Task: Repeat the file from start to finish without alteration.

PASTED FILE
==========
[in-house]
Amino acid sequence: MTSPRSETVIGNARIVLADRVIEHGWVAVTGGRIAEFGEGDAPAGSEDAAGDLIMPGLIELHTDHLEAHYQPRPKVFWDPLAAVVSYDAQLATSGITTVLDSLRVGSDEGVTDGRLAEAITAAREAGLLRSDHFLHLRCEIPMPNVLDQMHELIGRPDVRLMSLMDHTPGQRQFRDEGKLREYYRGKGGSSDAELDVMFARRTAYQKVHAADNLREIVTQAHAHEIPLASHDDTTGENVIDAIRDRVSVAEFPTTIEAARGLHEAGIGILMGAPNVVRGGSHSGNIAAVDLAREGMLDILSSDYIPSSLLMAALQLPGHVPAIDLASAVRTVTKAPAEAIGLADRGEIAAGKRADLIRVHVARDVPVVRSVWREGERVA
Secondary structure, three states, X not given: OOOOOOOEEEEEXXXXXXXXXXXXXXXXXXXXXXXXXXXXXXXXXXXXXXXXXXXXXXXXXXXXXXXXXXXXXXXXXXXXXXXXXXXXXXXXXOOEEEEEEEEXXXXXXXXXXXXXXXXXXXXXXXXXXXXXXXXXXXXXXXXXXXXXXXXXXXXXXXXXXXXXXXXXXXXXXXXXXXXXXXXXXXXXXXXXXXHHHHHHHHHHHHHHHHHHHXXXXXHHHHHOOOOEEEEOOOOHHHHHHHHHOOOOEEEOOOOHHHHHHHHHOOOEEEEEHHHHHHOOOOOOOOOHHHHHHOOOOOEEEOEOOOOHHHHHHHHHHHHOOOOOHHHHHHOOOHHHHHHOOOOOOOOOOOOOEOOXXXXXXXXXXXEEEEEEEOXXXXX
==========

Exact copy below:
[in-house]
Amino acid sequence: MTSPRSETVIGNARIVLADRVIEHGWVAVTGGRIAEFGEGDAPAGSEDAAGDLIMPGLIELHTDHLEAHYQPRPKVFWDPLAAVVSYDAQLATSGITTVLDSLRVGSDEGVTDGRLAEAITAAREAGLLRSDHFLHLRCEIPMPNVLDQMHELIGRPDVRLMSLMDHTPGQRQFRDEGKLREYYRGKGGSSDAELDVMFARRTAYQKVHAADNLREIVTQAHAHEIPLASHDDTTGENVIDAIRDRVSVAEFPTTIEAARGLHEAGIGILMGAPNVVRGGSHSGNIAAVDLAREGMLDILSSDYIPSSLLMAALQLPGHVPAIDLASAVRTVTKAPAEAIGLADRGEIAAGKRADLIRVHVARDVPVVRSVWREGERVA
Secondary structure, three states, X not given: OOOOOOOEEEEEXXXXXXXXXXXXXXXXXXXXXXXXXXXXXXXXXXXXXXXXXXXXXXXXXXXXXXXXXXXXXXXXXXXXXXXXXXXXXXXXXOOEEEEEEEEXXXXXXXXXXXXXXXXXXXXXXXXXXXXXXXXXXXXXXXXXXXXXXXXXXXXXXXXXXXXXXXXXXXXXXXXXXXXXXXXXXXXXXXXXXXHHHHHHHHHHHHHHHHHHHXXXXXHHHHHOOOOEEEEOOOOHHHHHHHHHOOOOEEEOOOOHHHHHHHHHOOOEEEEEHHHHHHOOOOOOOOOHHHHHHOOOOOEEEOEOOOOHHHHHHHHHHHHOOOOOHHHHHHOOOHHHHHHOOOOOOOOOOOOOEOOXXXXXXXXXXXEEEEEEEOXXXXX